Not wanting to be the first to say that summer is slowly coming to an end, let’s just say that it’s already time to start pre-baiting for Maine’s 2016 black bear hunting season, which begins Aug. 29. Baits may be placed 30 days prior to the season opener, which means the fun begins as early as July 29.
Despite the Humane Society of the United States’ rather ludicrous claims, bear hunters don’t use baits to feed bears – that would be expensive, time-consuming and ineffective. Just as in fishing, the use of bait is designed to lure bears into range during daylight hours, and for this reason only a small amount of bait is used to accomplish that goal. A few cupfuls of bait is all it takes to bring hungry, curious bears in at some point during the day (usually early in the morning or at dusk), but if one were to dump a huge pile of donuts, dog food, meat scraps, etc., the bears would almost certainly wait till after legal shooting hours to fill their bellies.
This makes perfect sense if you consider that most bear complaints involve a bold black bear coming onto someone’s back porch to raid the cat food bowl or bird feeder. No one I know puts hundreds of pounds of bird seed out at one time, yet still the bears come in. They’ll take a handful or a mouthful, in fact preferring to hit-and-run rather than roll around in great gobs of rancid food. Bears typically roam over a 20-square-mile area, stopping here and there to fill up on whatever foods (natural or otherwise) are available. You don’t have to feed them a trash can full of food to keep them coming back. Once your bait site (or bird feeder) is on the list of preferred stops you’ll have a hard time getting rid of the bear. If you bait them, they will come.
There are rules and regulations governing bear baiting on private property, but if you own land or have permission to bait (oral or written) you’re good to go. Log onto www.mefishwildlife.com for specifics on bear baiting and hunting. As you’ll quickly see, it gets complicated!
Keep in mind that bringing bears in close to homes, farms, gardens and livestock is a risky business because bears can’t tell the difference between a bucket of dog food or a fatted calf – being omnivorous, that pretty much means bears will eat anything that will put fat on their backs.
Choose your bait sites well. Locations that are well away from human habitation, farm animals, crops and other human endeavors are the best choice. Set up a stand or blind if you want to observe bears “in person,” or install a trail camera so you can sort through the exciting images in the safety of your own home. These days there are trail cameras that can be remotely viewed in “real time” through your phone or computer, so you don’t even have to go back to the site until it’s time to replenish the bait.
Most bear baits are universal attractants for other creatures so don’t be surprised if you see raccoons, porcupines, fishers, pine martens and various other critters making a raid on the site. When all these lesser creatures suddenly vanish (usually near sunset) you can be sure that a bear is nearby and waiting to come in for a snack. If you’re sitting in a ground blind 20 yards from the bait you will suddenly feel extremely anxious, and well you should! A bear may circle the bait site a dozen times before he comes in to eat, and if the wind shifts he may stroll right past your blind or stand, often just feet away. Now THAT is exciting stuff!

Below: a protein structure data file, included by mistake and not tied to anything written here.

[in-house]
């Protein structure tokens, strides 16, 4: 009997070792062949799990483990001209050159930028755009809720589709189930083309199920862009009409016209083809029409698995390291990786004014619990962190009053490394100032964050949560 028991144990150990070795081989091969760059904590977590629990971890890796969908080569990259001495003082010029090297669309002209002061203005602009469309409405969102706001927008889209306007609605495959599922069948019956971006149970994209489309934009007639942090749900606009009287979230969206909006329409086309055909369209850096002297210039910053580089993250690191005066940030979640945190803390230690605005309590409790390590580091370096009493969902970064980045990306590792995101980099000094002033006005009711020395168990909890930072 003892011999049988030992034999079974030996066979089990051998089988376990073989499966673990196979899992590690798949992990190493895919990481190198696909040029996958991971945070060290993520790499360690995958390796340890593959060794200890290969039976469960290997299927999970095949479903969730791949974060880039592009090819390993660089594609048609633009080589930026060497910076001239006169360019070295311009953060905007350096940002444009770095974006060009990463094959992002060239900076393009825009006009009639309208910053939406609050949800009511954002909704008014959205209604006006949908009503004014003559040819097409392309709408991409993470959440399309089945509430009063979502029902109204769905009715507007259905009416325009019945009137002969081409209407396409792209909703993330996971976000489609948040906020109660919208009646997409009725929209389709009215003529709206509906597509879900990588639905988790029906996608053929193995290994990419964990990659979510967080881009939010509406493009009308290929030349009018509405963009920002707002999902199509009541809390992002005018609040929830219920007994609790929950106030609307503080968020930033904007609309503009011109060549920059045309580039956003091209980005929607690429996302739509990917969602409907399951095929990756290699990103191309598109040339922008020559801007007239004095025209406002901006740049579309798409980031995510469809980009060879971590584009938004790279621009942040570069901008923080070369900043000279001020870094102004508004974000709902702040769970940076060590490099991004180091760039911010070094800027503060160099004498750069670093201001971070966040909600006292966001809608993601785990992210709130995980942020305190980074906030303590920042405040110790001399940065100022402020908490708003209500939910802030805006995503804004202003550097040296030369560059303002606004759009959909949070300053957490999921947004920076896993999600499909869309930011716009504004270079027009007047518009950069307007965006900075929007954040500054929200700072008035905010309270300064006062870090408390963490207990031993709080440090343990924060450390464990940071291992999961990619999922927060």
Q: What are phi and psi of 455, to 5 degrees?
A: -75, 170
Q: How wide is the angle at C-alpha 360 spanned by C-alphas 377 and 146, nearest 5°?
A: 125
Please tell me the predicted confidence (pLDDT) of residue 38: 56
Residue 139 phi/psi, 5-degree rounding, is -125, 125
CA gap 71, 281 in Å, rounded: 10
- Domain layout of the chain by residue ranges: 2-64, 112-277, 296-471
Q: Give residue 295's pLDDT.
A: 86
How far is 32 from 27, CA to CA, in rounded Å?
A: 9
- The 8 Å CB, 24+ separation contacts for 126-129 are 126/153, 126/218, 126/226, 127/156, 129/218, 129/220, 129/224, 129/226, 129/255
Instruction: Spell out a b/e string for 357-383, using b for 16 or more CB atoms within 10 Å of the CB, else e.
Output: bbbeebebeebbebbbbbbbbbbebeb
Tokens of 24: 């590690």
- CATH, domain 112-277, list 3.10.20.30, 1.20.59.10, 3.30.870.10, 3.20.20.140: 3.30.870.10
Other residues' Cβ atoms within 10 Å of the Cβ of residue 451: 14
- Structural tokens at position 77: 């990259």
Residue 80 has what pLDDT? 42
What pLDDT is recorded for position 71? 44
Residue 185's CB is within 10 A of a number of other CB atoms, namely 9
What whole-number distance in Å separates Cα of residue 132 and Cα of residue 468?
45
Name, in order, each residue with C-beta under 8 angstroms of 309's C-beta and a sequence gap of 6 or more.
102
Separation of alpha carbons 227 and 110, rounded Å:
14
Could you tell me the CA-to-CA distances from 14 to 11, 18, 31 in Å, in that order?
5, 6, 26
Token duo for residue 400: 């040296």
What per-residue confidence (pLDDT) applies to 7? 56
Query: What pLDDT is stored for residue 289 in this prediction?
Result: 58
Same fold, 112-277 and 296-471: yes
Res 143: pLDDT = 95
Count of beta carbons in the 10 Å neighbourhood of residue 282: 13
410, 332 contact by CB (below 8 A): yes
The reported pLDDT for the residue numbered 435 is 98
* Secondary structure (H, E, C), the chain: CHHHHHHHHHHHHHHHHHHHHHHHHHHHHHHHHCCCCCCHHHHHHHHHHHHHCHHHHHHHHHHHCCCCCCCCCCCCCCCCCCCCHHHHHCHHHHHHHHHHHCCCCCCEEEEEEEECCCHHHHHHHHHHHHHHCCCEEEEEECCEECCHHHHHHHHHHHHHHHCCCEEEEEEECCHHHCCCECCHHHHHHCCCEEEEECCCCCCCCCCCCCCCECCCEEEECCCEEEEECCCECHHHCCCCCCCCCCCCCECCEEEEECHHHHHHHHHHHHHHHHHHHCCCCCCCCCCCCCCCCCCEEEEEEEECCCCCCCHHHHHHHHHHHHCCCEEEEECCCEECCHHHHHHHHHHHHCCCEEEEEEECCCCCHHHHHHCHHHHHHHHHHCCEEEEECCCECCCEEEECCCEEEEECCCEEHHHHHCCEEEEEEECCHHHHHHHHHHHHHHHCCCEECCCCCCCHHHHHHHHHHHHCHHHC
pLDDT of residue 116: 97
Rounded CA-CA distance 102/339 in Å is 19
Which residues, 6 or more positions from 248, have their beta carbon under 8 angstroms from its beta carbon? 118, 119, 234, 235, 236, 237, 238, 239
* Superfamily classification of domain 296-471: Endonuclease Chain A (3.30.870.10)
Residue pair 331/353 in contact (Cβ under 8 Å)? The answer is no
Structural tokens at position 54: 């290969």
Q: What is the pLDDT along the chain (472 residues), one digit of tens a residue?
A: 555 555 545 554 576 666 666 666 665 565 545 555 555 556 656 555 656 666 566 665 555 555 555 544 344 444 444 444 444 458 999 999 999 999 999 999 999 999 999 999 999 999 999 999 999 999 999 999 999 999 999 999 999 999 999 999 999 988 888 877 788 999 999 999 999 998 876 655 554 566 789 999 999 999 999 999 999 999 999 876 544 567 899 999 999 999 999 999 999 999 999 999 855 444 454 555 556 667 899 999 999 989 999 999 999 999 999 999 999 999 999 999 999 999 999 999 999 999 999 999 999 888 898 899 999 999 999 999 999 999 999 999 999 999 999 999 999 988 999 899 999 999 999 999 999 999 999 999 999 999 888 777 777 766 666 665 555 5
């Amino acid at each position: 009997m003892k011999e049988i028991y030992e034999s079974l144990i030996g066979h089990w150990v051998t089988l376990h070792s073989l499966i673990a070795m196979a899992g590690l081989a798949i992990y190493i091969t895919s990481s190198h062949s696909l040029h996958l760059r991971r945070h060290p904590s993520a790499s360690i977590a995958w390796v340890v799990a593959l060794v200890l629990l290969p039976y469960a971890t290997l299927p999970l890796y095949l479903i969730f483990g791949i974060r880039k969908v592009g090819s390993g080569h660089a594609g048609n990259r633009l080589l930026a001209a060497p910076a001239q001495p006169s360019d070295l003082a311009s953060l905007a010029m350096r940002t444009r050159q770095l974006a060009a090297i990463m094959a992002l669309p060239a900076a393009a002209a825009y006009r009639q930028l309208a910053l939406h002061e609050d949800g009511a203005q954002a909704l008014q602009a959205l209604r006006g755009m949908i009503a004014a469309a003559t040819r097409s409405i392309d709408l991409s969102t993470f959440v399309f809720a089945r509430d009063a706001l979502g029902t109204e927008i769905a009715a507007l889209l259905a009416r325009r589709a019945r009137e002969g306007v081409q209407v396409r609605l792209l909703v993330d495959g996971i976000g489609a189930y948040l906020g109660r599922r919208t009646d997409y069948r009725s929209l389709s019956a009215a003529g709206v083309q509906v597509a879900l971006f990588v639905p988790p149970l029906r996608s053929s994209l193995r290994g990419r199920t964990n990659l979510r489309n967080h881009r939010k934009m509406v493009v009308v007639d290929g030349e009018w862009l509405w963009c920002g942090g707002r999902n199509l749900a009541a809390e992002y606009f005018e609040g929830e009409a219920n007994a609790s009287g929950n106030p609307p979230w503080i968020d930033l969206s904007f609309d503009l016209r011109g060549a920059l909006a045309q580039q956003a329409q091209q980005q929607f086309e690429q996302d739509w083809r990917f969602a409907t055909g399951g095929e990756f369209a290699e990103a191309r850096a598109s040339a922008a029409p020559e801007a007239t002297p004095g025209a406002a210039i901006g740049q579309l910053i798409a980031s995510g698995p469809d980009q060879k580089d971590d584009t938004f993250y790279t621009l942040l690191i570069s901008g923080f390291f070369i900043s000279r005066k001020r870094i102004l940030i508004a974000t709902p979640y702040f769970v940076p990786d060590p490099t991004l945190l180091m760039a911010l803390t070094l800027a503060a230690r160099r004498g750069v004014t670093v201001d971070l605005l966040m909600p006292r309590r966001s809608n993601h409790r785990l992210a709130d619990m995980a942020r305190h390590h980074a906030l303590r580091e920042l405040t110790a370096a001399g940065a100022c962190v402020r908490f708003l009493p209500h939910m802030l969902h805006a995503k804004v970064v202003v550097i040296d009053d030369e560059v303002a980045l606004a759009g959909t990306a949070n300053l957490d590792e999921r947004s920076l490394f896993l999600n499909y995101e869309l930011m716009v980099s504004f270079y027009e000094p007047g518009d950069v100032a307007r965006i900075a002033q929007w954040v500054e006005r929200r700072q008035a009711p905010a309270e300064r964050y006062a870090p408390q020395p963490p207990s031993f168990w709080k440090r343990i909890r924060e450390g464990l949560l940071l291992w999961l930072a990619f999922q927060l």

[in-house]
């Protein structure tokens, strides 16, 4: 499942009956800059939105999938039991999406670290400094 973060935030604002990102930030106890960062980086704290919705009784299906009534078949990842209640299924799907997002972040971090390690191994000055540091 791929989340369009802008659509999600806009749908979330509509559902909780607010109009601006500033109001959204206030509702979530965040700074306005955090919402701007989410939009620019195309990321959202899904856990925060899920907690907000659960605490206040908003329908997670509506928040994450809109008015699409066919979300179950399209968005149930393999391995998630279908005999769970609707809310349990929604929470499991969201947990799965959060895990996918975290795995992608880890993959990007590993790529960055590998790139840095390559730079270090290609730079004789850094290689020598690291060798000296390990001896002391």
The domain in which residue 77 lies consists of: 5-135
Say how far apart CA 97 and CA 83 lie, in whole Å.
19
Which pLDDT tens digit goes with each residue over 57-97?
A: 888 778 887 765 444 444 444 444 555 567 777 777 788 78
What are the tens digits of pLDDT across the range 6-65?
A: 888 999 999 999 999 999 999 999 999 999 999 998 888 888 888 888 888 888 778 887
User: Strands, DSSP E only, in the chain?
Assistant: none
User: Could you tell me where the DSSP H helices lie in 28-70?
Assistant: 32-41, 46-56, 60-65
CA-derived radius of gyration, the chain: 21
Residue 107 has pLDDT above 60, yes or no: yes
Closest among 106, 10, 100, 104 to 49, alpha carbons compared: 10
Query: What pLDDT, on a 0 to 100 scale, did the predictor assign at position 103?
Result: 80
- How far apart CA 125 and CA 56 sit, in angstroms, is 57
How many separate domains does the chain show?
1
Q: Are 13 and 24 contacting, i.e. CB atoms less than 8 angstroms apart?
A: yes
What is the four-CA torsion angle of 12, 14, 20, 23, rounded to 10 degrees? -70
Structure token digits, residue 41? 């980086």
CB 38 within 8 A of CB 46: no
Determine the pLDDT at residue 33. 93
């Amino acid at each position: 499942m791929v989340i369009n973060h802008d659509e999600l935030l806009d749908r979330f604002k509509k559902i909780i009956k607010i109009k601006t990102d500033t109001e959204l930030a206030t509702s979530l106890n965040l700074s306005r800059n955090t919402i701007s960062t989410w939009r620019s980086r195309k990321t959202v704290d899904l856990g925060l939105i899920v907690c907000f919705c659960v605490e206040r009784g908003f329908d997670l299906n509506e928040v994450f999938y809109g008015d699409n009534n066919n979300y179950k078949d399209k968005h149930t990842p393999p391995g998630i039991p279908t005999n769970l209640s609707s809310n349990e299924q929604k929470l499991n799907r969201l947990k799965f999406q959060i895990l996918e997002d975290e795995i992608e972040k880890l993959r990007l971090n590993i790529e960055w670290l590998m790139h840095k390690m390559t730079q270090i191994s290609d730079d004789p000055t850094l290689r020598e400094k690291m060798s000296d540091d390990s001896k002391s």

To get started in bear baiting all you need is a 5-gallon bucket, a bag of dog food, some blueberry or raspberry sauce, a bottle of liquid smoke and a can of cake frosting. Mix the sauce and a pound of dog food together in the bucket, and then sprinkle the liquid smoke on the logs, rocks and branches around the bucket. Smear some cake frosting on the top of the bucket and on a couple of nearby tree trunks and you’re done. Any bear within 500 yards will get a whiff of your offering and swing by for a sample. Expect to have to refill the bucket every day from that point on, because the bear will add your site to his regular stops as long as there is food available. If you stop feeding the bear will go elsewhere because in fall these animals must eat in order to survive their long winter hibernation. They won’t waste time visiting sites that have no food to offer.
Baiting is a great way to observe and photograph bears but expect to spend some long hours waiting for them to show up. In a hunting scenario the shooter is in his stand or blind around 3 p.m. and will remain there till one-half hour after sunset, which in September is after 7:30 p.m. There are no guarantees, of course. A bear may show up or not; it may be a sow with cubs; just cubs; a small bear; a group of bears or . . . who knows? The mystery is part and parcel of the baiting game, so if you are the impatient type you might want to find something else to do. I’ve sat over baits for a week where nothing came in, and other times I was surrounded by bears all day. The hunter can make all the preparations he wants in order to cover all the bases but the bear ultimately decide what happens next!\